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A first-year jake with a bright red wattle and a beard patrols at John Heinz National Wildlife Refuge at Tinicum in Pennsylvania. (Photo: Bill Buchanan/USFWS)

Turkey-rich refuges:

St Marks National Wildlife Refuge
To boost your chances of seeing turkeys, lower your car speed to a crawl  “Turkeys are sensitive to the movement of vehicles,” says ranger David Moody or get out and walk, slowly. Turkeys like the open terrain of the longleaf pine sandhill ecosystem along the Florida National Scenic Trail, almost 50 miles of which go through the refuge. $5 entrance fee.

Piedmont National Wildlife Refuge
Look for turkeys along 50 miles of gravel roads, including 6-mile-long Wildlife Drive. You might also see turkeys off Round Oak Juliette Road, a scenic paved byway. Or try one of the refuge’s five hiking trails. No entrance fee.

Crab Orchard National Wildlife Refuge
The 1.7- mile Wild Turkey Trail leads through woods and offers a fine chance of seeing … you-know-whats. For more of a challenge, take the connecting 2.2-mile Rocky Bluff Trail. Entrance fee: $2 per vehicle.  

Parker River National Wildlife Refuge
Several short foot trails give you a chance to glimpse wild turkeys. You might also spy some along Wildlife Drive. Entrance fee: $5 per vehicle. 


Wild Turkey-Heinz National Wildlife Refuges by Bill Buchanan
Two gobblers vie for dominance at John Heinz Refuge at Tinicum. The younger tom on the left (uneven tail feathers signify youth) appears to win. (Photo: Bill Buchanan/USFWS)

More turkey-rich refuges:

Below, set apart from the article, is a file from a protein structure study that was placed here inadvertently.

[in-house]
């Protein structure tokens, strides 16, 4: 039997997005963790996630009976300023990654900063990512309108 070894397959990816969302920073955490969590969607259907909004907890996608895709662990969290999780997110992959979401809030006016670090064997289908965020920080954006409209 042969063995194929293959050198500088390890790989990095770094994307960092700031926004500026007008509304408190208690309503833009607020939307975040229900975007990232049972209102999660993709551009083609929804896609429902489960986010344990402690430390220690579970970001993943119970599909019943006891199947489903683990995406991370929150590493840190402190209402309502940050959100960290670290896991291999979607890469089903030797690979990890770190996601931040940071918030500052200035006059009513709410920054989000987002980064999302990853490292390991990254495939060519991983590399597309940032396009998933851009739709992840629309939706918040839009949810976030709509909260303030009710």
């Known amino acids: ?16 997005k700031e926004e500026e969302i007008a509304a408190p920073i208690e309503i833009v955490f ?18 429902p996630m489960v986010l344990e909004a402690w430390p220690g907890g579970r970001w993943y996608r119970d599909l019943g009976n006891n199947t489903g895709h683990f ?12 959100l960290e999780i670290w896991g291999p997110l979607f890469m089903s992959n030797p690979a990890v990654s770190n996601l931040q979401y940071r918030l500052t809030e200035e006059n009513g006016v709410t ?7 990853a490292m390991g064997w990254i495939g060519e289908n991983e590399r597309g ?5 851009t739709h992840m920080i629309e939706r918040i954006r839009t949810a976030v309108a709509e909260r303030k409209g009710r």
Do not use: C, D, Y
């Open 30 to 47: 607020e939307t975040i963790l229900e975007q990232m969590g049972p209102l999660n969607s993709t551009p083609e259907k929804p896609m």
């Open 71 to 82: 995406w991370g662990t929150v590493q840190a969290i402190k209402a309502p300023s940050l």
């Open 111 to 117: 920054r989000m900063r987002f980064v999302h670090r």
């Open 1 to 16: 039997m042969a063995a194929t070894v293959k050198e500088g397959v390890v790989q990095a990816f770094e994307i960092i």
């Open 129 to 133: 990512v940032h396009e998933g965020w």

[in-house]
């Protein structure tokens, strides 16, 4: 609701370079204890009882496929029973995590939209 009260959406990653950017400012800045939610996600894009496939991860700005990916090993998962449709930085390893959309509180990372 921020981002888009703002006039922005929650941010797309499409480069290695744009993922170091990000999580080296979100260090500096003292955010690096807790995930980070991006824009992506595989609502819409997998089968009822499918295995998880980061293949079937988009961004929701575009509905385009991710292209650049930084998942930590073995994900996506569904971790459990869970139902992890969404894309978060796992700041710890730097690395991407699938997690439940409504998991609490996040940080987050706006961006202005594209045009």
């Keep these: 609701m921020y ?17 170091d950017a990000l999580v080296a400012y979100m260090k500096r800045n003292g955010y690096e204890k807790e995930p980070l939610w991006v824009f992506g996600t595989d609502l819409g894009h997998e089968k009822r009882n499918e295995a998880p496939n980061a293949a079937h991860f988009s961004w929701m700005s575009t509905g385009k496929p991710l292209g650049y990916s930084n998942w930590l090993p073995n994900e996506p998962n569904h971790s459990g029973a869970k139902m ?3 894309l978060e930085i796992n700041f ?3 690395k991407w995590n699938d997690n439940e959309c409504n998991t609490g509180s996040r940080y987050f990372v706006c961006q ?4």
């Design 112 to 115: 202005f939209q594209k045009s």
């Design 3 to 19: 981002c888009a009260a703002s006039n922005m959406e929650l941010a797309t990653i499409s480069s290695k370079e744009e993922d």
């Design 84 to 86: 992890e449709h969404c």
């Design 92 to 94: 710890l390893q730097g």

Minnesota Valley National Wildlife Refuge
From the visitor center, the half-mile Hillside Trail connects to the Long Meadow Lake Trail. Follow it around the floodplain wetland, keeping your eyes out for wild turkeys. No entrance fee. 

Sherburne National Wildlife Refuge
The refuge has a “healthy population” of the skittish wild birds, says deputy manager Greg Dehmer. Look for them along 7.5-mile Wildlife Drive, two refuge hiking trails, and in prairie fields beside county roads that run through the refuge. No entrance fee.

Bosque del Apache National Wildlife Refuge
Hundreds of Rio Grande turkeys hang out here. The North and South Auto Tour Loops are good places to spot some. Other good spots: along the Rio Viejo Trail, the John Taylor Memorial Trail or the bike trail on the east side service road of the Low Flow Conveyance Channel. Entrance fee: $5 per vehicle

Iroquois National Wildlife Refuge  
Feeder Road takes you on a scenic 3.5-mile drive into the refuge, passing fields and grasslands that are favorite turkey hangouts. The road is open to cars now through February, and to hikers and cyclists year-round. Three other hiking trails are also available. No entrance fee.


Wild turkeys at Lake Andes National Wildlife Refuge
Wild turkeys take a break from gobbling and strutting to take a sip at Lake Andes National Wildlife Refuge in South Dakota. (Photo: Kelly Preheim)

Still more turkey-rich refuges:

Carolina Sandhills National Wildlife Refuge
Nine-mile Wildlife Drive passes woods and fields where you might spot turkeys, especially in mornings and late afternoons. Or walk any of five hiking trails along the drive. An observation tower in the Oxpen Unit offers exceptional birding and scenic views. No entrance fee.  

Hagerman National Wildlife Refuge
Look for wild turkeys crossing Refuge Road as you drive in the main entrance. Raasch Trail is also a good bet for seeing wild turkeys. No entrance fee.

Refuge trails are open sunrise to sunset daily, even on Thanksgiving Day when refuge visitor centers will be closed. Free trail maps are available outside the visitor center or at a refuge entrance kiosk. Here’s more information on National Wildlife Refuge System trails.  


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Merriam’s wild turkeys strut and feed in Wyoming. (Photo: Courtesy of the National Wild Turkey Federation)


Compiled by   | November 12, 2019
Information iconA turkey shows its hornlike snood, caruncles (head bumps) and wattle (chin flap). (Photo: Courtney Celley/USFWS)